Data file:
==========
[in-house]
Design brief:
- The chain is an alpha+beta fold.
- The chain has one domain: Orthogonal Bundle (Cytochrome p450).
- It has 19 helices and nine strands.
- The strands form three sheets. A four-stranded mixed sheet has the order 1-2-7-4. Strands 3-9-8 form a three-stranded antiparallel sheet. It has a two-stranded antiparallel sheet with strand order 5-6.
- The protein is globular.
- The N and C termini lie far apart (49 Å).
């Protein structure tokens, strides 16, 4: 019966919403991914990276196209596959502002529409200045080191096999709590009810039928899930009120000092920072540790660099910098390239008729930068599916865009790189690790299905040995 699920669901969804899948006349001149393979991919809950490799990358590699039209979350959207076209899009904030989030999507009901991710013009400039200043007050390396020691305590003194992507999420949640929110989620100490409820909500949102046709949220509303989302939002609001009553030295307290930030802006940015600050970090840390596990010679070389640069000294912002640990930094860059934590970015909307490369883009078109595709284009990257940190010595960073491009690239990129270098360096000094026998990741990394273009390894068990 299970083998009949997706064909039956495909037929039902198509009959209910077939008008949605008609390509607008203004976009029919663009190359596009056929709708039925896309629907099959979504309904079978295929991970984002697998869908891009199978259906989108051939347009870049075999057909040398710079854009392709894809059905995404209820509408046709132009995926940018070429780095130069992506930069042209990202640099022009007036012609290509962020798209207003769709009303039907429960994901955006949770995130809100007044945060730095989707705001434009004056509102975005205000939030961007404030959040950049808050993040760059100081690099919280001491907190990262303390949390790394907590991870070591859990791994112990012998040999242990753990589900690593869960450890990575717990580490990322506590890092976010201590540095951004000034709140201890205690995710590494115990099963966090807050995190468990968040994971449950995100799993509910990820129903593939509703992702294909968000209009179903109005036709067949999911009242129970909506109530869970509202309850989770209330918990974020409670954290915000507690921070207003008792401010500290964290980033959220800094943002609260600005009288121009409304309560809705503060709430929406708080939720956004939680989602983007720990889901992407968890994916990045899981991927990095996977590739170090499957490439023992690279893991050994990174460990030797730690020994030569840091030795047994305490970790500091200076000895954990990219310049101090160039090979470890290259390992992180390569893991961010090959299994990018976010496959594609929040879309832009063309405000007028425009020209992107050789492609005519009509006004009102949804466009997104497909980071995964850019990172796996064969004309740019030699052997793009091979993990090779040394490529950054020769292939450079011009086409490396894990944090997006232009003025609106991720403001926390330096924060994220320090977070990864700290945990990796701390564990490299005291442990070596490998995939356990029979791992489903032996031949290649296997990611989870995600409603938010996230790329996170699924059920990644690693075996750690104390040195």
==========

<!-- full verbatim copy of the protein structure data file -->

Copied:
[in-house]
Design brief:
- The chain is an alpha+beta fold.
- The chain has one domain: Orthogonal Bundle (Cytochrome p450).
- It has 19 helices and nine strands.
- The strands form three sheets. A four-stranded mixed sheet has the order 1-2-7-4. Strands 3-9-8 form a three-stranded antiparallel sheet. It has a two-stranded antiparallel sheet with strand order 5-6.
- The protein is globular.
- The N and C termini lie far apart (49 Å).
């Protein structure tokens, strides 16, 4: 019966919403991914990276196209596959502002529409200045080191096999709590009810039928899930009120000092920072540790660099910098390239008729930068599916865009790189690790299905040995 699920669901969804899948006349001149393979991919809950490799990358590699039209979350959207076209899009904030989030999507009901991710013009400039200043007050390396020691305590003194992507999420949640929110989620100490409820909500949102046709949220509303989302939002609001009553030295307290930030802006940015600050970090840390596990010679070389640069000294912002640990930094860059934590970015909307490369883009078109595709284009990257940190010595960073491009690239990129270098360096000094026998990741990394273009390894068990 299970083998009949997706064909039956495909037929039902198509009959209910077939008008949605008609390509607008203004976009029919663009190359596009056929709708039925896309629907099959979504309904079978295929991970984002697998869908891009199978259906989108051939347009870049075999057909040398710079854009392709894809059905995404209820509408046709132009995926940018070429780095130069992506930069042209990202640099022009007036012609290509962020798209207003769709009303039907429960994901955006949770995130809100007044945060730095989707705001434009004056509102975005205000939030961007404030959040950049808050993040760059100081690099919280001491907190990262303390949390790394907590991870070591859990791994112990012998040999242990753990589900690593869960450890990575717990580490990322506590890092976010201590540095951004000034709140201890205690995710590494115990099963966090807050995190468990968040994971449950995100799993509910990820129903593939509703992702294909968000209009179903109005036709067949999911009242129970909506109530869970509202309850989770209330918990974020409670954290915000507690921070207003008792401010500290964290980033959220800094943002609260600005009288121009409304309560809705503060709430929406708080939720956004939680989602983007720990889901992407968890994916990045899981991927990095996977590739170090499957490439023992690279893991050994990174460990030797730690020994030569840091030795047994305490970790500091200076000895954990990219310049101090160039090979470890290259390992992180390569893991961010090959299994990018976010496959594609929040879309832009063309405000007028425009020209992107050789492609005519009509006004009102949804466009997104497909980071995964850019990172796996064969004309740019030699052997793009091979993990090779040394490529950054020769292939450079011009086409490396894990944090997006232009003025609106991720403001926390330096924060994220320090977070990864700290945990990796701390564990490299005291442990070596490998995939356990029979791992489903032996031949290649296997990611989870995600409603938010996230790329996170699924059920990644690693075996750690104390040195």